The Five Key Facets of Quality Leadership
by Brian Ward

What are the key facets of quality leadership? Here are the ones that we have distilled from our research and practice ... we call it the FACET Leadership Coaching Model™:

Focus - Authenticity - Courage - Empathy - Timing

Focus
Effective leaders stay focused on the outcomes they wish to create, and don't get too married to the methods used to achieve them. They provide this 'outcomes focus' for their organization by emphasizing the mission, vision and strategic goals of their organization and at the same time building the capacity of their organizations to achieve them. This capacity building emphasizes the need to be flexible, creative and innovative and avoid becoming fossilized through the adoption of bureaucratic structures, policies and processes.

Authenticity
Leaders who are authentic attract followers, even leaders who are viewed as being highly driven and difficult to work for. Simply put, they are viewed as always being themselves … and therefore followers know what to expect from them and can rely on them, come thick or thin. Authenticity provides the leader with the currency to obtain 'buy-in' from key stakeholders, because it builds and maintains trust.

Courage
The challenges facing leaders are immense, and require great courage to overcome. Leaders are constantly being challenged by others, be it their own team, customers, the public or other stakeholders. Standing firm in the face of criticism, and having the courage to admit when they are wrong are hallmarks of courageous leaders. For example, shifting an organization from being introspective to becoming customer focused requires courage when people pay lip service to the new direction ... it means calling people on their bluff.

Empathy
Effective leaders know how to listen empathetically … thus legitimizing others' input. By doing so, they promote consensus building, and build strong teams. They coach others to do the same, and so create a culture of inclusiveness. But they don't get bogged down in overly complicated dialogue. They know when to 'fish or cut bait', which brings us on to the final facet ...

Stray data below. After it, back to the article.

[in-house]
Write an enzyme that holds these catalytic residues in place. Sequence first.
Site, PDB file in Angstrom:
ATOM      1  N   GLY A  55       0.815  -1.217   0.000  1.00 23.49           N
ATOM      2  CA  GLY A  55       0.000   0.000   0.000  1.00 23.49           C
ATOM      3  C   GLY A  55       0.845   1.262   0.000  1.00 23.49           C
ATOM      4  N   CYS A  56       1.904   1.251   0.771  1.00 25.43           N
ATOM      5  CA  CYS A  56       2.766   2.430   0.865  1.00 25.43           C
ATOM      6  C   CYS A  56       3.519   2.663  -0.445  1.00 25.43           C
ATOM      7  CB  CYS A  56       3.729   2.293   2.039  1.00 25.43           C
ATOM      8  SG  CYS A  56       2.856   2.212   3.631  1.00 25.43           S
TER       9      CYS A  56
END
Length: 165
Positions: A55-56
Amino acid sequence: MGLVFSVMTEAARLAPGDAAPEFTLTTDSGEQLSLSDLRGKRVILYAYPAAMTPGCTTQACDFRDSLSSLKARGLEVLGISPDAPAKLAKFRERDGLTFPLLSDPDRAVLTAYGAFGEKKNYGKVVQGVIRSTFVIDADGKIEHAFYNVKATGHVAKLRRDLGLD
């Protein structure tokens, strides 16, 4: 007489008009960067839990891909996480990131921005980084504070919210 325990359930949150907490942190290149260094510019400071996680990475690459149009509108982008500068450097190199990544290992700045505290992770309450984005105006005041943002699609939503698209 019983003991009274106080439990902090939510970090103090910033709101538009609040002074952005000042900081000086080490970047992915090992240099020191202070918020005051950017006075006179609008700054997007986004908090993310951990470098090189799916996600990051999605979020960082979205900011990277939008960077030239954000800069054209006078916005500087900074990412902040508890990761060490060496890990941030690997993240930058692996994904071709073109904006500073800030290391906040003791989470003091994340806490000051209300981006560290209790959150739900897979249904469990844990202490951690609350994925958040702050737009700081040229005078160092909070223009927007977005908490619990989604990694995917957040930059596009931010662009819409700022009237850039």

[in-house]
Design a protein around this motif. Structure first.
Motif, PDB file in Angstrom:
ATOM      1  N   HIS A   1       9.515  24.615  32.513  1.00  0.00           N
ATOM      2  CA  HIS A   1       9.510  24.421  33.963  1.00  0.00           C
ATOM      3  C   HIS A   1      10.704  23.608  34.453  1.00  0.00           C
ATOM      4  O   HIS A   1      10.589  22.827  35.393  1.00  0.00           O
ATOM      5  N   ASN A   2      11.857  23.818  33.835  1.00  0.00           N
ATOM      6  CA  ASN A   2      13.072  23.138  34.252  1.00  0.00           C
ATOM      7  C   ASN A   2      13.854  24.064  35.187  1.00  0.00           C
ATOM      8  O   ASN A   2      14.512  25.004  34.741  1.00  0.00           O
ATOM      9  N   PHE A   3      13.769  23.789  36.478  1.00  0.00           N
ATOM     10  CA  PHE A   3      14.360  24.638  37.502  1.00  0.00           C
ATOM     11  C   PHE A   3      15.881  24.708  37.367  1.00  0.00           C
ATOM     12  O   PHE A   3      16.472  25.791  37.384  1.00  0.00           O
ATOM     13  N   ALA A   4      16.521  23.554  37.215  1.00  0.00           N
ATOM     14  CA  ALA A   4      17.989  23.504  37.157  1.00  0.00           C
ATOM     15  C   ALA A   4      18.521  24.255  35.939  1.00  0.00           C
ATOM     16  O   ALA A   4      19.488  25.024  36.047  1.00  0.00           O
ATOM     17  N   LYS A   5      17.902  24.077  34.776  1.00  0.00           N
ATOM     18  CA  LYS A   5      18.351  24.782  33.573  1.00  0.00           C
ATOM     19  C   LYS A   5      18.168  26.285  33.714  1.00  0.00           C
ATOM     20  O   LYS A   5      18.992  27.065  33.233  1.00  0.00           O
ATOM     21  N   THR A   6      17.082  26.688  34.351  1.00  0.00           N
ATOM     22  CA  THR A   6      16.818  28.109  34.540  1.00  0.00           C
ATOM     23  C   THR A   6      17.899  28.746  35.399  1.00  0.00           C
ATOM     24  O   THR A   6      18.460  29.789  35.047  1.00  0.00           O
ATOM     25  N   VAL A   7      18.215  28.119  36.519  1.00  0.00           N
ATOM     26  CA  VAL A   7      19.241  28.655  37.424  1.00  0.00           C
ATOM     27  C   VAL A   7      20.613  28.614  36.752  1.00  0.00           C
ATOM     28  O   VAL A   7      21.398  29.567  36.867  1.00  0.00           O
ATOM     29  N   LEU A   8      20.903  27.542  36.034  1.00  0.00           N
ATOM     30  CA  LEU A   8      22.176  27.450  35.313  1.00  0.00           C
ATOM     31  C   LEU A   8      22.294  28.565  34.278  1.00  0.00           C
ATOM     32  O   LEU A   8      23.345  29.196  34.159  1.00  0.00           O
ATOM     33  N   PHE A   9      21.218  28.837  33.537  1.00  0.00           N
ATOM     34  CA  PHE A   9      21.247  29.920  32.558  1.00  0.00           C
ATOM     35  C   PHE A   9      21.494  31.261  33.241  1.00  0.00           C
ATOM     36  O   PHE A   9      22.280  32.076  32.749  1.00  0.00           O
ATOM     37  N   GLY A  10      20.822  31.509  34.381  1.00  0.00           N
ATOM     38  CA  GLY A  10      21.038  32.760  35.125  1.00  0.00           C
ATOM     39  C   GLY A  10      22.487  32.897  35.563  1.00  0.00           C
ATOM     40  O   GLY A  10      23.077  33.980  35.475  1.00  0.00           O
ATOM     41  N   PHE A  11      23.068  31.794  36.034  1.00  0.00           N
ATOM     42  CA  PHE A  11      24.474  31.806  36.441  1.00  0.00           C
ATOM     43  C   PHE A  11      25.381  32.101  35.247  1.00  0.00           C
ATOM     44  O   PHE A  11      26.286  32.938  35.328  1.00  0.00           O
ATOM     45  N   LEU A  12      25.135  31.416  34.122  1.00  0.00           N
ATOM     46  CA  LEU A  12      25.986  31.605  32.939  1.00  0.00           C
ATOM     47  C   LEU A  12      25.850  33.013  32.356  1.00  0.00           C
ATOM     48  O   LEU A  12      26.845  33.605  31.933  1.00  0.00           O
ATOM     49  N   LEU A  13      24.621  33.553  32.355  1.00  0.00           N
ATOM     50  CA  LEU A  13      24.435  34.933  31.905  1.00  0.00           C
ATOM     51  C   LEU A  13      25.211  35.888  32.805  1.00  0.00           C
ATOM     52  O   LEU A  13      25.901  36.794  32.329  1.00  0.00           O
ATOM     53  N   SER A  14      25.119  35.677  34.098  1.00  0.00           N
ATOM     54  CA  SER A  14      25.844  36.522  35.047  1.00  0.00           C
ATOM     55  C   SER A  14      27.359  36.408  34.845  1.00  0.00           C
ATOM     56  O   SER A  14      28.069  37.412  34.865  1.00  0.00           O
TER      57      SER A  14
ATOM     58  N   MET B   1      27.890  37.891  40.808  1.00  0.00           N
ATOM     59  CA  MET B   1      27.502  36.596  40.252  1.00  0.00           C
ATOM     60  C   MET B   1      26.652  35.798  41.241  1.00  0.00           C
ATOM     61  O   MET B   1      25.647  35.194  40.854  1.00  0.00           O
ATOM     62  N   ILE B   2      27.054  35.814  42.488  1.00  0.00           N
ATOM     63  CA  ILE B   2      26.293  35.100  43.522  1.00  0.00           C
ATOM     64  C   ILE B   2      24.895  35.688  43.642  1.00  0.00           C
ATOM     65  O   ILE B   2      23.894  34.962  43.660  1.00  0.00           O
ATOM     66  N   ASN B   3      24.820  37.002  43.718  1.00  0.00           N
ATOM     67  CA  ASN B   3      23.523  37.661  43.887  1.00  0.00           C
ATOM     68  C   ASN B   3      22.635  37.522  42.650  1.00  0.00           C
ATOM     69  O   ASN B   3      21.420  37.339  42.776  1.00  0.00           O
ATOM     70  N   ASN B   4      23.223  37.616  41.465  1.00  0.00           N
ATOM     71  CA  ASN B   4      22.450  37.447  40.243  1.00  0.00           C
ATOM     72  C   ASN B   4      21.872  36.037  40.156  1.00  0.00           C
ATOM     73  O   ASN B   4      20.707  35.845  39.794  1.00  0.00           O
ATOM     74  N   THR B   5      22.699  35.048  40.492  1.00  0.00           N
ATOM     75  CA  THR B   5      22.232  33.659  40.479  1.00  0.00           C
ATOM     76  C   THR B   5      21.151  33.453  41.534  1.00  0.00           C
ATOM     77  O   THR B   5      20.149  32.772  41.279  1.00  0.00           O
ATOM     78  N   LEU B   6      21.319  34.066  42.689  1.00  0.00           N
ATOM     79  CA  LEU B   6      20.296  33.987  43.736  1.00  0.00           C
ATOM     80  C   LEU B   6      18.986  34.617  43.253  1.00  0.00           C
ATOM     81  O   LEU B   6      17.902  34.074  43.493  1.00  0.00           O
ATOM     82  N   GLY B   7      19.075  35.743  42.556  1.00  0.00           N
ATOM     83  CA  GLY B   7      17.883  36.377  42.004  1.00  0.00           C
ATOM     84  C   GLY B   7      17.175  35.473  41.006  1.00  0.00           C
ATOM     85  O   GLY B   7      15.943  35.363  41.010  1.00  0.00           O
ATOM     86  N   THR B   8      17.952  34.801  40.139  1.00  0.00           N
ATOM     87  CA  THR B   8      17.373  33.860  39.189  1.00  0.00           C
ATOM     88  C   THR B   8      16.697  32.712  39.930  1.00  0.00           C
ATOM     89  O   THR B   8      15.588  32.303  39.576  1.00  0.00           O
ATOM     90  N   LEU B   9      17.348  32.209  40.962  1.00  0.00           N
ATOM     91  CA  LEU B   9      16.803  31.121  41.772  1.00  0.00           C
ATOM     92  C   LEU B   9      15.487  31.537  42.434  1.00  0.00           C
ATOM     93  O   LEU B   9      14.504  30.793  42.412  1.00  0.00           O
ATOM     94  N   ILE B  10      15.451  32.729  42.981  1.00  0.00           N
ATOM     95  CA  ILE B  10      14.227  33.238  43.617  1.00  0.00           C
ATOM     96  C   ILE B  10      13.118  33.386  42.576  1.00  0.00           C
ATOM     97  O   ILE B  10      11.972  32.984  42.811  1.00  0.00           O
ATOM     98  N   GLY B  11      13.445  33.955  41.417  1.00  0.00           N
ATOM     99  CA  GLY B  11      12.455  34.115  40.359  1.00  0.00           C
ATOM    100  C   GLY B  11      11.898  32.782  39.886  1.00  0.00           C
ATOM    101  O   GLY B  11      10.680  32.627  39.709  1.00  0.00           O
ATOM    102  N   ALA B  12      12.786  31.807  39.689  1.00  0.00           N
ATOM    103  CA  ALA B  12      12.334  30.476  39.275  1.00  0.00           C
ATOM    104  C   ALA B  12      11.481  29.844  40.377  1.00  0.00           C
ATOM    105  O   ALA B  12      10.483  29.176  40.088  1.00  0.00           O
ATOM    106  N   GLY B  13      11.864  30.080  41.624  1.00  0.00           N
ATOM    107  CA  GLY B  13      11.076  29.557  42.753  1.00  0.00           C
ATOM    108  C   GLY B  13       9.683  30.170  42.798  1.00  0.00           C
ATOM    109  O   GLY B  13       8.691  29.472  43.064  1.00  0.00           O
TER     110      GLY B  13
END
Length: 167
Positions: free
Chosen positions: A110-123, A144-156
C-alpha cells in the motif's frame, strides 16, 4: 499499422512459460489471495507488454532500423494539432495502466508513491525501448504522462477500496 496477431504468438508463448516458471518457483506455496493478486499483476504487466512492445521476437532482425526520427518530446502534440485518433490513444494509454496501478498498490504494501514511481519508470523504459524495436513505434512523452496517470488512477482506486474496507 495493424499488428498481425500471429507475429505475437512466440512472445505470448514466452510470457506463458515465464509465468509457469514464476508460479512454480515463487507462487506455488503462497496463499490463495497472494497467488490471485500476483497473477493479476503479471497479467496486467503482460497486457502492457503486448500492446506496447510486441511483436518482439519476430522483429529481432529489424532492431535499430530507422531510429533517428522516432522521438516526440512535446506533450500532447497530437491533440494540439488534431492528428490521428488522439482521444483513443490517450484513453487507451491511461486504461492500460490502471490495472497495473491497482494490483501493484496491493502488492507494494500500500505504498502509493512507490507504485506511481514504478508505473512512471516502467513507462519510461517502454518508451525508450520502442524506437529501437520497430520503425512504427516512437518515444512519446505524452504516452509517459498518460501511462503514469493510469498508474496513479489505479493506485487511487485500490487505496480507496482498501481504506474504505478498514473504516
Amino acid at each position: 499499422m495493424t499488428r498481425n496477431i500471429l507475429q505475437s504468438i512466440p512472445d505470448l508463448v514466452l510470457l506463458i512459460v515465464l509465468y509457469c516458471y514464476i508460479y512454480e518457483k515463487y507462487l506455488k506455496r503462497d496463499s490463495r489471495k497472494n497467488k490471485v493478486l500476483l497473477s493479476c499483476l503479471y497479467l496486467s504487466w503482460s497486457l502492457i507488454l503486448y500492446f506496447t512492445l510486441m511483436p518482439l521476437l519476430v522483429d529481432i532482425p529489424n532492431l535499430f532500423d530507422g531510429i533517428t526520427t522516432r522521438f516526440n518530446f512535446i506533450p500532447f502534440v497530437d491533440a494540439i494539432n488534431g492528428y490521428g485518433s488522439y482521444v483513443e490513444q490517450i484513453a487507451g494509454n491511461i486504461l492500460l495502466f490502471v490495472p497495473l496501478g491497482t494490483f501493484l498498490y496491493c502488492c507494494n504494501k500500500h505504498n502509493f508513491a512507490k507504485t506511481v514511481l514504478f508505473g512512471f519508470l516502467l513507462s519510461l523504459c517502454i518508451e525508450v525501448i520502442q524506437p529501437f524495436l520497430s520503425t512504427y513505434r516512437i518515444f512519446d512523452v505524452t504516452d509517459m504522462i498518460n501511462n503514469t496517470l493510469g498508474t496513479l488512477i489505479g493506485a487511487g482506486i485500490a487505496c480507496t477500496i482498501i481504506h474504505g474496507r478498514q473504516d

Timing
The single most critical facet is in knowing when to make critical decisions and when not to. All of the other facets must be viewed as subservient to getting the timing of critical decisions right. There is a time to be focused, authentic, courageous and empathetic, but get the timing wrong on critical decisions and everything else is nullified. Great leaders move with appropriate speed. They don't believe that everything must be done immediately ... they know how to prioritize, and how to get their team to prioritize. As well, they engage in timely follow-through to ensure actions that are committed to happen in a well-coordinated and timely way.

These facets of quality leadership are not exhaustive. Just as one would look at the facets of a diamond, upon closer observation other facets become observable. Any person can aspire to being a great leader by commencing with these facets. If you are in a leadership role, regardless of your position in your organization, start by asking yourself the following key questions:

Key Questions

1. How focused am I?
How much of my time do I spend communicating and inspiring people about our mission, vision and strategic goals? How much focus do I create in my organization? How married am I/my organization to methods that have outlived their usefulness?

2. Am I viewed as authentic?
Do people see and hear the real me? Do I wear a mask at work, and remove it when I leave each evening?

3. How courageous am I when my values, vision and goals are challenged?
Do I stand firm and only change my position when I know that I am wrong?

4. How empathetic am I?
Too much/too little? Do I create enough opportunities for open and candid dialogue? Do I ever find myself getting bogged down in consensus building, or achieving false consensus? Is there a feeling of inclusiveness amongst the members of my organization, and with other stakeholders, including customers?

5. Do I make and execute decisions in a timely fashion?
Do I know when to 'fish or cut bait?' - do I demand well coordinated and timely execution of strategy from others?

Asking these questions in a candid way will open up many possibilities for you and your organization ... if you have the courage to do it.


Brian Ward, C.H.R.P., is a principal in Affinity Consulting. He specializes in assisting leaders and their teams develop and implement quality management systems that are client focused, team directed and outcomes based. He can be contacted at brianward@affinitymc.com .

Collaborate...Build...Improve www.affinitymc.com

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